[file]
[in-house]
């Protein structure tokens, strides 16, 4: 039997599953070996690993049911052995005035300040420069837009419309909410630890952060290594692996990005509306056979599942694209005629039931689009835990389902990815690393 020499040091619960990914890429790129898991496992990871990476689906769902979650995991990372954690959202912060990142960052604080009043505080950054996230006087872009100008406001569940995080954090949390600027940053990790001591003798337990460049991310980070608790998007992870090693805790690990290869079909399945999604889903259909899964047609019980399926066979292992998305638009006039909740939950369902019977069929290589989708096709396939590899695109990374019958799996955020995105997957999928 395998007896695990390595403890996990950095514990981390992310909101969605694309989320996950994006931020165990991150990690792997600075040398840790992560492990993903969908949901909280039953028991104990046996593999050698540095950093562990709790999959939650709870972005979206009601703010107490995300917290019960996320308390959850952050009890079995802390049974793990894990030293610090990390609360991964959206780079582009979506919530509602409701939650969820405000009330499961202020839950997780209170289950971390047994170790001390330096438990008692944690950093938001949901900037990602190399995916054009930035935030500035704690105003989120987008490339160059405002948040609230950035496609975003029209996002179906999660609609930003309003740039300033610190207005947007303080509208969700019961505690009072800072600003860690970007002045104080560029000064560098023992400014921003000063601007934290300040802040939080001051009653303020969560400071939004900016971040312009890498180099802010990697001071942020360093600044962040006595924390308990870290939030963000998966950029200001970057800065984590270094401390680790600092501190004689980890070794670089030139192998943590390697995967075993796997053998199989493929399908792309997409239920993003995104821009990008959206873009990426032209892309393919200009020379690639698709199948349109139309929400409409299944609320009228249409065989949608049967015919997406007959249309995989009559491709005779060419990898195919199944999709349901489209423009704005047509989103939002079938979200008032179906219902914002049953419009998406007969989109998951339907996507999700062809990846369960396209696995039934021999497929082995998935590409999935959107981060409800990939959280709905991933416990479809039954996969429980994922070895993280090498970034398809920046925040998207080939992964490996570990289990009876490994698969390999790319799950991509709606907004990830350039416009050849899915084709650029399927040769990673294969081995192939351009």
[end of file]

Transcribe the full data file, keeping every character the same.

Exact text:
[in-house]
């Protein structure tokens, strides 16, 4: 039997599953070996690993049911052995005035300040420069837009419309909410630890952060290594692996990005509306056979599942694209005629039931689009835990389902990815690393 020499040091619960990914890429790129898991496992990871990476689906769902979650995991990372954690959202912060990142960052604080009043505080950054996230006087872009100008406001569940995080954090949390600027940053990790001591003798337990460049991310980070608790998007992870090693805790690990290869079909399945999604889903259909899964047609019980399926066979292992998305638009006039909740939950369902019977069929290589989708096709396939590899695109990374019958799996955020995105997957999928 395998007896695990390595403890996990950095514990981390992310909101969605694309989320996950994006931020165990991150990690792997600075040398840790992560492990993903969908949901909280039953028991104990046996593999050698540095950093562990709790999959939650709870972005979206009601703010107490995300917290019960996320308390959850952050009890079995802390049974793990894990030293610090990390609360991964959206780079582009979506919530509602409701939650969820405000009330499961202020839950997780209170289950971390047994170790001390330096438990008692944690950093938001949901900037990602190399995916054009930035935030500035704690105003989120987008490339160059405002948040609230950035496609975003029209996002179906999660609609930003309003740039300033610190207005947007303080509208969700019961505690009072800072600003860690970007002045104080560029000064560098023992400014921003000063601007934290300040802040939080001051009653303020969560400071939004900016971040312009890498180099802010990697001071942020360093600044962040006595924390308990870290939030963000998966950029200001970057800065984590270094401390680790600092501190004689980890070794670089030139192998943590390697995967075993796997053998199989493929399908792309997409239920993003995104821009990008959206873009990426032209892309393919200009020379690639698709199948349109139309929400409409299944609320009228249409065989949608049967015919997406007959249309995989009559491709005779060419990898195919199944999709349901489209423009704005047509989103939002079938979200008032179906219902914002049953419009998406007969989109998951339907996507999700062809990846369960396209696995039934021999497929082995998935590409999935959107981060409800990939959280709905991933416990479809039954996969429980994922070895993280090498970034398809920046925040998207080939992964490996570990289990009876490994698969390999790319799950991509709606907004990830350039416009050849899915084709650029399927040769990673294969081995192939351009």